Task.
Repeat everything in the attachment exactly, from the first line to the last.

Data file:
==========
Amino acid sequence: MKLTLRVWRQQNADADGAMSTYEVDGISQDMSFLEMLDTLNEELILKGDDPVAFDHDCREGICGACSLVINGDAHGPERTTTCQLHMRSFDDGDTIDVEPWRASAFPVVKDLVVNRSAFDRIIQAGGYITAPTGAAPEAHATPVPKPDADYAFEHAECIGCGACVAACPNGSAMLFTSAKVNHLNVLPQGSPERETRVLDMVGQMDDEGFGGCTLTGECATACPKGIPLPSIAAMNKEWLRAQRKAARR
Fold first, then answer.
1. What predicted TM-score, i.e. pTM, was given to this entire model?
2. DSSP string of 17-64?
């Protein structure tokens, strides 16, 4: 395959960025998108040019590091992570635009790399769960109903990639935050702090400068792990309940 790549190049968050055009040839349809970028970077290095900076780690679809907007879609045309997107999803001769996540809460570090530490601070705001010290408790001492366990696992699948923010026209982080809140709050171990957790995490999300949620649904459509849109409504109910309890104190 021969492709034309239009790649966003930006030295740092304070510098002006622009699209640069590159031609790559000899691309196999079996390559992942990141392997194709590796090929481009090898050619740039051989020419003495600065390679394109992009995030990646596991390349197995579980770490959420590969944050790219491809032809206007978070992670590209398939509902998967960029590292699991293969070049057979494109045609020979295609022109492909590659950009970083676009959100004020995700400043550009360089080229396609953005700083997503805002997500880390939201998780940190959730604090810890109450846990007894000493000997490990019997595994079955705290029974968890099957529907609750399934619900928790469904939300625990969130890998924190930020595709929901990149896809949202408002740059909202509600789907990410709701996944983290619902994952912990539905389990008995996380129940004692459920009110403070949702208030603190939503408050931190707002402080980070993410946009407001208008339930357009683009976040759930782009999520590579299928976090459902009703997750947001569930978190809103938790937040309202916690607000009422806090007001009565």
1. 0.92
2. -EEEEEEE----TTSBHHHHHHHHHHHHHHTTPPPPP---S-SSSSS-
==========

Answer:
Amino acid sequence: MKLTLRVWRQQNADADGAMSTYEVDGISQDMSFLEMLDTLNEELILKGDDPVAFDHDCREGICGACSLVINGDAHGPERTTTCQLHMRSFDDGDTIDVEPWRASAFPVVKDLVVNRSAFDRIIQAGGYITAPTGAAPEAHATPVPKPDADYAFEHAECIGCGACVAACPNGSAMLFTSAKVNHLNVLPQGSPERETRVLDMVGQMDDEGFGGCTLTGECATACPKGIPLPSIAAMNKEWLRAQRKAARR
Fold first, then answer.
1. What predicted TM-score, i.e. pTM, was given to this entire model?
2. DSSP string of 17-64?
């Protein structure tokens, strides 16, 4: 395959960025998108040019590091992570635009790399769960109903990639935050702090400068792990309940 790549190049968050055009040839349809970028970077290095900076780690679809907007879609045309997107999803001769996540809460570090530490601070705001010290408790001492366990696992699948923010026209982080809140709050171990957790995490999300949620649904459509849109409504109910309890104190 021969492709034309239009790649966003930006030295740092304070510098002006622009699209640069590159031609790559000899691309196999079996390559992942990141392997194709590796090929481009090898050619740039051989020419003495600065390679394109992009995030990646596991390349197995579980770490959420590969944050790219491809032809206007978070992670590209398939509902998967960029590292699991293969070049057979494109045609020979295609022109492909590659950009970083676009959100004020995700400043550009360089080229396609953005700083997503805002997500880390939201998780940190959730604090810890109450846990007894000493000997490990019997595994079955705290029974968890099957529907609750399934619900928790469904939300625990969130890998924190930020595709929901990149896809949202408002740059909202509600789907990410709701996944983290619902994952912990539905389990008995996380129940004692459920009110403070949702208030603190939503408050931190707002402080980070993410946009407001208008339930357009683009976040759930782009999520590579299928976090459902009703997750947001569930978190809103938790937040309202916690607000009422806090007001009565």
1. 0.92
2. -EEEEEEE----TTSBHHHHHHHHHHHHHHTTPPPPP---S-SSSSS-